Through the use of informative leaflets about alcohol, ketamine, cannabis, cocaine and mdma, Drugs and Me encouraged festival goers to use and promote harm reduction principles and to educate their friends to be responsible and always go low and go slow.
Last month, Drugs and Me was in Malta to participate in the yearly The Bubble- a festival of change. The Drugs and Me information booth provided harm reduction education to local and foreign participants and encouraged a more responsible approach to drug use in general.
The 2019 country report by the European Monitoring Centre for Drugs and Drug Addiction explains that the Maltese National Drug Policy dates back to 2008. The policy is based on six pillars and sought to address illicit drug problems, alcohol and prescription medication abuse via legal, judicial, health and harm reduction principles. Over the last 11 years, the policy has been crucial to successfully reduce the number of infectious diseases related to intravenous drug taking. Nonetheless, there seems to be a lacuna in the educational and harm reduction spheres.
Most accessible information online continues to focus on a Just Say No approach, preaching abstinence as the sole option when dealing with illegal substance use. Educational manuals promoted in schools and youth centres only focus on the negative health, legal and economic consequences of substance use without providing a proper understanding of why people use drugs and ways to mitigate harm. Moreover, the educational material and examples provided are overwhelmingly disconnected from real life experiences and fall short from providing a safe space for discussion.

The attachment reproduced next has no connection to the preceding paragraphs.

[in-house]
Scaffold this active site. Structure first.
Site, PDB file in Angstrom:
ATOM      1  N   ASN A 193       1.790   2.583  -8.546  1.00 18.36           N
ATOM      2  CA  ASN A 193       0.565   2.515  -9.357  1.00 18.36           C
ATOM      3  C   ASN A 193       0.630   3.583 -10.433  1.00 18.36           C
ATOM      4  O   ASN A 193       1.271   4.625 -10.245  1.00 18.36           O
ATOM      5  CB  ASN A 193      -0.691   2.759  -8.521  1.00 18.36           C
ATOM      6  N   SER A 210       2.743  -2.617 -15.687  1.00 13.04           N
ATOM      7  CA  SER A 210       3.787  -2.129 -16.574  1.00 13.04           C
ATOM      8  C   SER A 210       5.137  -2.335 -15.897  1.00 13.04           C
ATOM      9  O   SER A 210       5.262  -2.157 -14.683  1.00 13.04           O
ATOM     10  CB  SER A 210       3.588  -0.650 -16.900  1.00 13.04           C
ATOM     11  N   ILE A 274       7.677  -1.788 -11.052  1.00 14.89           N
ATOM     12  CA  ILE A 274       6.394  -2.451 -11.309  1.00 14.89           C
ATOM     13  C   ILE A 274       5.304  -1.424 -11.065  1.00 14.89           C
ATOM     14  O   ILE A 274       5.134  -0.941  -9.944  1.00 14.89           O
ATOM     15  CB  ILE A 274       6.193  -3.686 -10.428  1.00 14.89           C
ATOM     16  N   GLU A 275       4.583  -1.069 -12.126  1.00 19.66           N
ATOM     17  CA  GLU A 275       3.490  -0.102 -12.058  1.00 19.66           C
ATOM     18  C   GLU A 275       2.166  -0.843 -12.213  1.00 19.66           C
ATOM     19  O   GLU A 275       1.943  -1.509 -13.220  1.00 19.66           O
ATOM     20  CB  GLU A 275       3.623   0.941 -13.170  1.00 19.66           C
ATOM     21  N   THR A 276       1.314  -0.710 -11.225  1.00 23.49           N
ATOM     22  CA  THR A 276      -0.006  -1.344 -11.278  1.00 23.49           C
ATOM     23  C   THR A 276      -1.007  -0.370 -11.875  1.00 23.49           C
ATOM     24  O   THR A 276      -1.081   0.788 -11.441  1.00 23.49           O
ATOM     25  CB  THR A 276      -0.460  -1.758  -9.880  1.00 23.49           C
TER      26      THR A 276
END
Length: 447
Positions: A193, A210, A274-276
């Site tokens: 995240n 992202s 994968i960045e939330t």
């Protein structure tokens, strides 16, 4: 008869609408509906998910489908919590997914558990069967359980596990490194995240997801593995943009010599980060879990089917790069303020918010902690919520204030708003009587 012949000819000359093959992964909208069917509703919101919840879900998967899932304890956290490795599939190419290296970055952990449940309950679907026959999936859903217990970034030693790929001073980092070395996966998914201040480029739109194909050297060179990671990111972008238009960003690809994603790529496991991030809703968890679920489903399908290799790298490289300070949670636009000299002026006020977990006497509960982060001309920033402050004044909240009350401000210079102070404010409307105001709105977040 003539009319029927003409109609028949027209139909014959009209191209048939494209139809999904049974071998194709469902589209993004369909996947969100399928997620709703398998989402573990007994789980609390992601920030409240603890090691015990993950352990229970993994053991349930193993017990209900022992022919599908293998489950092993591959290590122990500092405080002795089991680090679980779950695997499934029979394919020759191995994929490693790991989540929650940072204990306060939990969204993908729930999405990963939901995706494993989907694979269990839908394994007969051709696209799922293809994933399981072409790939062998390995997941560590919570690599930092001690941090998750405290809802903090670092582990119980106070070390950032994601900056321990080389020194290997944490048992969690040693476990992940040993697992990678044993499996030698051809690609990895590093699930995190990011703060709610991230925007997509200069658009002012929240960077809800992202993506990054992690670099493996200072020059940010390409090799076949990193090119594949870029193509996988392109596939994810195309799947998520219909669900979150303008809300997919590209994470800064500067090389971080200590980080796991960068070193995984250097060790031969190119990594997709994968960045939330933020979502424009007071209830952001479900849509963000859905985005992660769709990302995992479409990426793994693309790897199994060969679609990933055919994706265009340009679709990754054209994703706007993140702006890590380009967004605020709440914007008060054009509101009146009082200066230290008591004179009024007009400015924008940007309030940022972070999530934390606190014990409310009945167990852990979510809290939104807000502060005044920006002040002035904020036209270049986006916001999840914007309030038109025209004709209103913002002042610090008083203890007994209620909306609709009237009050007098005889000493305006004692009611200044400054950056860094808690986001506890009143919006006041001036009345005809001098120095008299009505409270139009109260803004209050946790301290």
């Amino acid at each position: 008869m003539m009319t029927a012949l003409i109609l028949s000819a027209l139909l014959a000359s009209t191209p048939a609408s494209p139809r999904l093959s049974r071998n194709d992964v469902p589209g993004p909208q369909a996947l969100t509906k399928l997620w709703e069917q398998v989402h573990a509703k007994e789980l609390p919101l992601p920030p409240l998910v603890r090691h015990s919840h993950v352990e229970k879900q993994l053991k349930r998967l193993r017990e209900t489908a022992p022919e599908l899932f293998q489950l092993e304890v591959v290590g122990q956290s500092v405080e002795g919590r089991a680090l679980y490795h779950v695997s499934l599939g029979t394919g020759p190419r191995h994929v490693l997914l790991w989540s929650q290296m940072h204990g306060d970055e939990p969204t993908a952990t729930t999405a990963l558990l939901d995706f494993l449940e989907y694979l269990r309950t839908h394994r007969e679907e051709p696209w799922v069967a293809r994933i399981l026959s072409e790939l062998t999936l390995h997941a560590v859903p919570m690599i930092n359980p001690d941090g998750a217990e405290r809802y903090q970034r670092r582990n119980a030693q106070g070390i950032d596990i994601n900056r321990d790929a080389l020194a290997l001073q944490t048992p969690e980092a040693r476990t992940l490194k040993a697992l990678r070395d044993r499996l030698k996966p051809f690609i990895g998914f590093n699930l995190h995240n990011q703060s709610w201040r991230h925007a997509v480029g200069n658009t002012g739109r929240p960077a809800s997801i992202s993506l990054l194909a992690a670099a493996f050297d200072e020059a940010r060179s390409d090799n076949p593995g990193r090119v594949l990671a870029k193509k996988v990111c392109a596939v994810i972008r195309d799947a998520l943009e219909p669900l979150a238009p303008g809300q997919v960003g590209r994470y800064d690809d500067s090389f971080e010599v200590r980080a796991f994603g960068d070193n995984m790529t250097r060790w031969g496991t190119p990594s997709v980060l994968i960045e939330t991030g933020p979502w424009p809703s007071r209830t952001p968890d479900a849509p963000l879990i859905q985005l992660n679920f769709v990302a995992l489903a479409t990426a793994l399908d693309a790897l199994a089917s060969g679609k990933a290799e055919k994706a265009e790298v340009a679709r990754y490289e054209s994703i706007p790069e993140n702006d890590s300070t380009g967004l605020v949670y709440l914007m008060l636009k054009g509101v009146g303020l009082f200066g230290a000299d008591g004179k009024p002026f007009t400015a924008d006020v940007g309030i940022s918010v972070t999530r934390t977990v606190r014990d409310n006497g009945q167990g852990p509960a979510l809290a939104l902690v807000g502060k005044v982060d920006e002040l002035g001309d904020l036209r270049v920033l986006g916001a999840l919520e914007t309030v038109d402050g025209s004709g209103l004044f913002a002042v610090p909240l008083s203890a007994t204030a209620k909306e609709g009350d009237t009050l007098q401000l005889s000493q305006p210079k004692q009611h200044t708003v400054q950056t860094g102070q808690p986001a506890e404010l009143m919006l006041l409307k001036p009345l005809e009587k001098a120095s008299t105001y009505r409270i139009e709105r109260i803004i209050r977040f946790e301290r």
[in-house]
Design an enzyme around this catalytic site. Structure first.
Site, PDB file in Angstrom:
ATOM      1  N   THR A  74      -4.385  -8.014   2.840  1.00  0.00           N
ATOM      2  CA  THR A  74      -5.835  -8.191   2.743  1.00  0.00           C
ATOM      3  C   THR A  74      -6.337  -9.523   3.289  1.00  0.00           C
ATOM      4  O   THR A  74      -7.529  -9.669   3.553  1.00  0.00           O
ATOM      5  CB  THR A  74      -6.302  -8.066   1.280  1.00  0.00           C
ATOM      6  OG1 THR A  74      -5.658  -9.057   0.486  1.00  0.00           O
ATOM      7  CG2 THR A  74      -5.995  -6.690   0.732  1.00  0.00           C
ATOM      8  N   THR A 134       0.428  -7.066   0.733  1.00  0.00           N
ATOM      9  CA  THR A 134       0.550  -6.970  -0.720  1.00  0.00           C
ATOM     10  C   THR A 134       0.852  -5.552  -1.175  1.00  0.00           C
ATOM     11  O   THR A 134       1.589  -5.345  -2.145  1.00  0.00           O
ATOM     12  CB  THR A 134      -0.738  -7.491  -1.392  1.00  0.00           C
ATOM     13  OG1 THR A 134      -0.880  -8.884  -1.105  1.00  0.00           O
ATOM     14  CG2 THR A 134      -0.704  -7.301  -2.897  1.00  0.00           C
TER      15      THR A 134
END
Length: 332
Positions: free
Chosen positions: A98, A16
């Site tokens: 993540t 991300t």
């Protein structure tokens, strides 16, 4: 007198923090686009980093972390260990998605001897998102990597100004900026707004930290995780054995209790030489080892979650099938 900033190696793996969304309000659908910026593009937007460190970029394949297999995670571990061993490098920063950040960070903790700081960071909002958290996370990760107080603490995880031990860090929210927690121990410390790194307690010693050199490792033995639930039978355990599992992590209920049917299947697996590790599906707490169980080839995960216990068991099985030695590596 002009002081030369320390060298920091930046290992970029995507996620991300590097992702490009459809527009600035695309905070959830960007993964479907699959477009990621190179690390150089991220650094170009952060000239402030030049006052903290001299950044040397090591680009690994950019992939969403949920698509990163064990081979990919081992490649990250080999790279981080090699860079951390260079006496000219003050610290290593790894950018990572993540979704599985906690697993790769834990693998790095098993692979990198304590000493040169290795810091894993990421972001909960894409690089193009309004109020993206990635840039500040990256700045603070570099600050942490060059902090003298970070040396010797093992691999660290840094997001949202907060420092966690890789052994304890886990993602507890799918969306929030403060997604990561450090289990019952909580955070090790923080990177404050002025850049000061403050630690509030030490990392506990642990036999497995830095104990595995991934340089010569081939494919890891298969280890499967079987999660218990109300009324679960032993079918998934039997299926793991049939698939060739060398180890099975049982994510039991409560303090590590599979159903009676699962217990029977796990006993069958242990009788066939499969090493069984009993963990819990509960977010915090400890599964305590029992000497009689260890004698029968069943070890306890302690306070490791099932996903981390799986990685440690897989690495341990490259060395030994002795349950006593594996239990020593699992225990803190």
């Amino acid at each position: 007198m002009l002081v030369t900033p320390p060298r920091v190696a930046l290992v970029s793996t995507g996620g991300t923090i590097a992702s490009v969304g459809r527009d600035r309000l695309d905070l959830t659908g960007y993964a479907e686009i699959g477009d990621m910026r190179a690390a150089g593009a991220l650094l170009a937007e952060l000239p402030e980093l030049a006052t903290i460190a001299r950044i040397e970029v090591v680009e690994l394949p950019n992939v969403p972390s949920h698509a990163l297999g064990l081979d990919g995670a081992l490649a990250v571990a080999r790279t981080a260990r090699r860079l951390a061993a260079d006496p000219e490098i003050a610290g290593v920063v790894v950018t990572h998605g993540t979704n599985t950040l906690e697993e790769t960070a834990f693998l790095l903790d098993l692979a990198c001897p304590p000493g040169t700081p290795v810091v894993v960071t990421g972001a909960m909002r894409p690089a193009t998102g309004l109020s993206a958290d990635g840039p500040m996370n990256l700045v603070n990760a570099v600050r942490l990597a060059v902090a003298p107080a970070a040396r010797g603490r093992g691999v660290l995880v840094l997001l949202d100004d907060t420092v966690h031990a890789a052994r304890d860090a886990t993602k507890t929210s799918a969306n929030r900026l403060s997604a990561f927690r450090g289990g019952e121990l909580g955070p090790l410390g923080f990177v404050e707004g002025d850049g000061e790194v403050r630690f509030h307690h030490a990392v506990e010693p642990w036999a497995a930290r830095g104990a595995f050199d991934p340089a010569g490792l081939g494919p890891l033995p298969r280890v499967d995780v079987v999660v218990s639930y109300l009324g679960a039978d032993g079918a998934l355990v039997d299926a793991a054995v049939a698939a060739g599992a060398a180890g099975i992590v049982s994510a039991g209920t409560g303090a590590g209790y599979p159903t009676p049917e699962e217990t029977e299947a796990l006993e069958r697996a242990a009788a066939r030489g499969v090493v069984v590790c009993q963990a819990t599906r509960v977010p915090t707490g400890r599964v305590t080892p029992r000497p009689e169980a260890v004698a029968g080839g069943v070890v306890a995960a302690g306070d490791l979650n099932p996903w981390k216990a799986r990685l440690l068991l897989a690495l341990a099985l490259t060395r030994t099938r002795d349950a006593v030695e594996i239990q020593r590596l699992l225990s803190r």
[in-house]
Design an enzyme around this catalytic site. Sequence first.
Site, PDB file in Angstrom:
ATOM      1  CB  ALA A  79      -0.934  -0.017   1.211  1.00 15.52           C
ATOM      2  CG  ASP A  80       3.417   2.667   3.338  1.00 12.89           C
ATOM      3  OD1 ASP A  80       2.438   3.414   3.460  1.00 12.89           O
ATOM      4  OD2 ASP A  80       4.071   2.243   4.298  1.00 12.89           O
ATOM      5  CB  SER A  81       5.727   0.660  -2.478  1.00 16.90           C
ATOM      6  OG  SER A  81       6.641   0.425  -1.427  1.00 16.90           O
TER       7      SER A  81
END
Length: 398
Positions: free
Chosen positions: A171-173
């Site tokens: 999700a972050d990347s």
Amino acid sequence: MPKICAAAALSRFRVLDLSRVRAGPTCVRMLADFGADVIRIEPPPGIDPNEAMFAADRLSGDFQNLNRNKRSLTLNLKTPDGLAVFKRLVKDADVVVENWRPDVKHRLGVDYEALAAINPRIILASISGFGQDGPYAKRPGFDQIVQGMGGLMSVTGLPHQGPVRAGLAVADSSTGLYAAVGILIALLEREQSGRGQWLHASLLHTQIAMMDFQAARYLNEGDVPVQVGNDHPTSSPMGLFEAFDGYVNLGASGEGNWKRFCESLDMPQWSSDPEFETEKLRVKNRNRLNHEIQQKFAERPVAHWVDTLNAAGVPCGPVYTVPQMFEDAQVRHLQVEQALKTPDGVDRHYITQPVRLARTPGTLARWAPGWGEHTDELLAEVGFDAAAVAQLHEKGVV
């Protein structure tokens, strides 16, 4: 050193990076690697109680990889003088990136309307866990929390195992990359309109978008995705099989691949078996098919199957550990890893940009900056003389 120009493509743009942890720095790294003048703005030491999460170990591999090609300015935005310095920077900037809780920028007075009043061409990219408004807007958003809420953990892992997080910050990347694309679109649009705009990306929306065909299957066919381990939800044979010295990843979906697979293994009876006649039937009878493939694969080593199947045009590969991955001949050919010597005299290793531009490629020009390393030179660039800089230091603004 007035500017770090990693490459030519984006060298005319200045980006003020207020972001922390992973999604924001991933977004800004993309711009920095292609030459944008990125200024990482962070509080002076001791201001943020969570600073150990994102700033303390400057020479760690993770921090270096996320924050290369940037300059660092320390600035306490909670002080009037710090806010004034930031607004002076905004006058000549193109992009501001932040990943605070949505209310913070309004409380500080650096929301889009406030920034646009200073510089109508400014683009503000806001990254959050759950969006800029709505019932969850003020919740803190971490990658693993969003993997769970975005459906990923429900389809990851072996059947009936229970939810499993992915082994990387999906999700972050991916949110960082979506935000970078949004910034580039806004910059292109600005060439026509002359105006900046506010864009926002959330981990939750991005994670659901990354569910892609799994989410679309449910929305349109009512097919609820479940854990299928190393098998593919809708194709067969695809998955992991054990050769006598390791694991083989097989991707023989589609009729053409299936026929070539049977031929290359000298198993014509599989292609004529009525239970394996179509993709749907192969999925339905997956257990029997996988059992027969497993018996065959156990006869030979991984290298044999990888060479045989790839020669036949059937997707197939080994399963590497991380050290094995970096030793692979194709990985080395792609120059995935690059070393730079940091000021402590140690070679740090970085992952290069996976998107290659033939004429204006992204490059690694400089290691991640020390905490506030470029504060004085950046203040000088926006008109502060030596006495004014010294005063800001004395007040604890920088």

People approaching the Drugs and Me stand, especially young people, expressed great curiosity about harm reduction principles and evidence-based drug education material. People were eager to learn more about how to have fun and be safe. Many people thanked Drugs and Me for the initiative and hoped to see more initiatives around the island.
It is interesting to note that a huge majority of people that approached the info booth were keen for drug testing facilities to be introduced on festival grounds in Malta, highlighting that these are already available in leading music festivals in Europe and the USA.
When considering the lack of accessible and up to date educational material and the very positive responses and eagerness by people visiting the information booth to learn more about safety when using legal and illegal substances, it is clear that more non-judgemental resources and information is urgently needed to provide Maltese young people and adults with harm reduction tools and evidence based approaches to drug use.
*Karen Mamo is a Maltese citizen, with a master’s degree in Conflict Resolution and Mediterranean Security and a keen interest in drug policy reform. Currently she is also enrolled for a Master of Science in Addiction Studies.